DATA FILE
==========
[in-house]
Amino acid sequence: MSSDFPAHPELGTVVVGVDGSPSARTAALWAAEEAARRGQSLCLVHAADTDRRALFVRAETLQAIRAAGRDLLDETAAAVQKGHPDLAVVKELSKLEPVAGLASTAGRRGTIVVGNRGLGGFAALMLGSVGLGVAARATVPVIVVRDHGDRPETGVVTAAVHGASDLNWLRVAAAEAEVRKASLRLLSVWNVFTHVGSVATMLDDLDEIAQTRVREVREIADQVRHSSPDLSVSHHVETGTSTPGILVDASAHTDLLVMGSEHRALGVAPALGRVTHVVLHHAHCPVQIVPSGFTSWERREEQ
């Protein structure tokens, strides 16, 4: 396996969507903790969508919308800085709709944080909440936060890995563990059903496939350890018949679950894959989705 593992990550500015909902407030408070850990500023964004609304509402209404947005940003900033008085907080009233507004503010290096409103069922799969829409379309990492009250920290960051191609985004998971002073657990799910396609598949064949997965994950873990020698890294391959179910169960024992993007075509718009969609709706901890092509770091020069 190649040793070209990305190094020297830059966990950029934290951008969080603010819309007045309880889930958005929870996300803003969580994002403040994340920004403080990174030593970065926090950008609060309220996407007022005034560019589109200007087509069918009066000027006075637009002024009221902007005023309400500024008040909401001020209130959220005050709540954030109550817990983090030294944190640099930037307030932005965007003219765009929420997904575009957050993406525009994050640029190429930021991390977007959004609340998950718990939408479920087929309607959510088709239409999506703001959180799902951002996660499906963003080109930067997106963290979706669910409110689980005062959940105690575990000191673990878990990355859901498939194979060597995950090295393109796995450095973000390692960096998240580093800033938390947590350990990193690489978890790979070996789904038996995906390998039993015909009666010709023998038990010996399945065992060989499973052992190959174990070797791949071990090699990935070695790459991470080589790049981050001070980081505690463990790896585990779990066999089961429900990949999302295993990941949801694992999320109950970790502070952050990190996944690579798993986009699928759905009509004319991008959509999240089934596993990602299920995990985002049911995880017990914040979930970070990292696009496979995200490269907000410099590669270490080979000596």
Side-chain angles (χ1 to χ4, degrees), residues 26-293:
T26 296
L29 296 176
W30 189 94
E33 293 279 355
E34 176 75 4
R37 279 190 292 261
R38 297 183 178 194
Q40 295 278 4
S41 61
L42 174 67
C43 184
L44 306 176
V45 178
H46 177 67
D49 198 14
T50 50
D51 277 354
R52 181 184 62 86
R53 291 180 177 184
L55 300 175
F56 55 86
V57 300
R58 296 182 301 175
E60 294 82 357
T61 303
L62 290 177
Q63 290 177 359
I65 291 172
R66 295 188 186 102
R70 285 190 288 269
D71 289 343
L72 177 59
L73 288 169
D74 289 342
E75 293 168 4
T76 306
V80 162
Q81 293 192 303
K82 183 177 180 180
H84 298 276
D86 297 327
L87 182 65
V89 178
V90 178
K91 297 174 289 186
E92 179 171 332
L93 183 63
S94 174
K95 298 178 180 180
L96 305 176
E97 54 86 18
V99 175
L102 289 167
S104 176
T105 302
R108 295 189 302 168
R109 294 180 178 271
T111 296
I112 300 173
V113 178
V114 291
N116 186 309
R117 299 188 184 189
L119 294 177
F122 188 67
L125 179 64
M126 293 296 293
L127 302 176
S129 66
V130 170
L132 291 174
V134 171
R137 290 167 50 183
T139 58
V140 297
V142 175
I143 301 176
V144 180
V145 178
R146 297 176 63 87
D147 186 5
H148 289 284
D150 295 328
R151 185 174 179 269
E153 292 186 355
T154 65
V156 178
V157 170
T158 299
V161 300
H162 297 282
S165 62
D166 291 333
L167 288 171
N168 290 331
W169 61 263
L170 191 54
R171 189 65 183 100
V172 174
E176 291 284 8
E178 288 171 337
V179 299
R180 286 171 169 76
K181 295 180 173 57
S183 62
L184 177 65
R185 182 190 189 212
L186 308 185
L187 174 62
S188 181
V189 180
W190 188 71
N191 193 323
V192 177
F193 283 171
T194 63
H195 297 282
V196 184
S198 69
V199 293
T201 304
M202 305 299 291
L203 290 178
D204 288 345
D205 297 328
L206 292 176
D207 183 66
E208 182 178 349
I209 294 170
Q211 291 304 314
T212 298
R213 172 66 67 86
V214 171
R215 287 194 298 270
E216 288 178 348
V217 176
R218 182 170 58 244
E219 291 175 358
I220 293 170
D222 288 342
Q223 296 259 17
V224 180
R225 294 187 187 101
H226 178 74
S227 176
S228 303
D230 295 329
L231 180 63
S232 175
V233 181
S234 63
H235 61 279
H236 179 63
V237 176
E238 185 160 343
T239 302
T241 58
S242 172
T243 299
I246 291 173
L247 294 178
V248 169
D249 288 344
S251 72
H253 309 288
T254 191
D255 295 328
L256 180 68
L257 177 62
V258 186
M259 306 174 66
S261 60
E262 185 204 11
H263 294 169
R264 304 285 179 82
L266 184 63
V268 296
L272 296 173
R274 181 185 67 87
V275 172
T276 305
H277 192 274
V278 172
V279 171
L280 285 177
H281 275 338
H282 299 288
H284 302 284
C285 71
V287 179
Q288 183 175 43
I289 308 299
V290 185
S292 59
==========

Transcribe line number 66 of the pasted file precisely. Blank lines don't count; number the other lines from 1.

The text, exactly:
N116 186 309